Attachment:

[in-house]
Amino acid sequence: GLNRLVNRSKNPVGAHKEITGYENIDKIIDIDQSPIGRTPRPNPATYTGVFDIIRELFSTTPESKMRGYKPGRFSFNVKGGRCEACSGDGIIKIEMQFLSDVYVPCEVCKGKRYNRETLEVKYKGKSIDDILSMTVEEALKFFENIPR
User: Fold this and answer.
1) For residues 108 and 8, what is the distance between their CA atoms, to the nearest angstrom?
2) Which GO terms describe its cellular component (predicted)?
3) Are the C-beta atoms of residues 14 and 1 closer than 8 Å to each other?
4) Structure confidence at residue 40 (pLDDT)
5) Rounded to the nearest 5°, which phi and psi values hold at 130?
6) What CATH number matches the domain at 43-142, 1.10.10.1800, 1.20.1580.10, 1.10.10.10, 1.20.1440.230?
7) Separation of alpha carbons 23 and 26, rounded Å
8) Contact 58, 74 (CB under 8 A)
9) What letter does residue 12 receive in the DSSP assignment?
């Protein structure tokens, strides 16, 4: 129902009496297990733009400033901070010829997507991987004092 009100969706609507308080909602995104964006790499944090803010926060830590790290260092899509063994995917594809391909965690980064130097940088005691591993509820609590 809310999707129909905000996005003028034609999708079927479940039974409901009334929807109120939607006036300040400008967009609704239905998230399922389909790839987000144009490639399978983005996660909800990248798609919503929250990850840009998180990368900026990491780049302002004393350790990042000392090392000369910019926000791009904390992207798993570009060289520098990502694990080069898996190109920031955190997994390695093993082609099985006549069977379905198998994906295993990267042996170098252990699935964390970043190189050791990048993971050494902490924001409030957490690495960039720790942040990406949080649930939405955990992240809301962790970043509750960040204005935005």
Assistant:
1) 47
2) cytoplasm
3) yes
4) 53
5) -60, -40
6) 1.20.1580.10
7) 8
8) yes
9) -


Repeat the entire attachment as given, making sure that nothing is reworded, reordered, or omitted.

[in-house]
Amino acid sequence: GLNRLVNRSKNPVGAHKEITGYENIDKIIDIDQSPIGRTPRPNPATYTGVFDIIRELFSTTPESKMRGYKPGRFSFNVKGGRCEACSGDGIIKIEMQFLSDVYVPCEVCKGKRYNRETLEVKYKGKSIDDILSMTVEEALKFFENIPR
User: Fold this and answer.
1) For residues 108 and 8, what is the distance between their CA atoms, to the nearest angstrom?
2) Which GO terms describe its cellular component (predicted)?
3) Are the C-beta atoms of residues 14 and 1 closer than 8 Å to each other?
4) Structure confidence at residue 40 (pLDDT)
5) Rounded to the nearest 5°, which phi and psi values hold at 130?
6) What CATH number matches the domain at 43-142, 1.10.10.1800, 1.20.1580.10, 1.10.10.10, 1.20.1440.230?
7) Separation of alpha carbons 23 and 26, rounded Å
8) Contact 58, 74 (CB under 8 A)
9) What letter does residue 12 receive in the DSSP assignment?
């Protein structure tokens, strides 16, 4: 129902009496297990733009400033901070010829997507991987004092 009100969706609507308080909602995104964006790499944090803010926060830590790290260092899509063994995917594809391909965690980064130097940088005691591993509820609590 809310999707129909905000996005003028034609999708079927479940039974409901009334929807109120939607006036300040400008967009609704239905998230399922389909790839987000144009490639399978983005996660909800990248798609919503929250990850840009998180990368900026990491780049302002004393350790990042000392090392000369910019926000791009904390992207798993570009060289520098990502694990080069898996190109920031955190997994390695093993082609099985006549069977379905198998994906295993990267042996170098252990699935964390970043190189050791990048993971050494902490924001409030957490690495960039720790942040990406949080649930939405955990992240809301962790970043509750960040204005935005």
Assistant:
1) 47
2) cytoplasm
3) yes
4) 53
5) -60, -40
6) 1.20.1580.10
7) 8
8) yes
9) -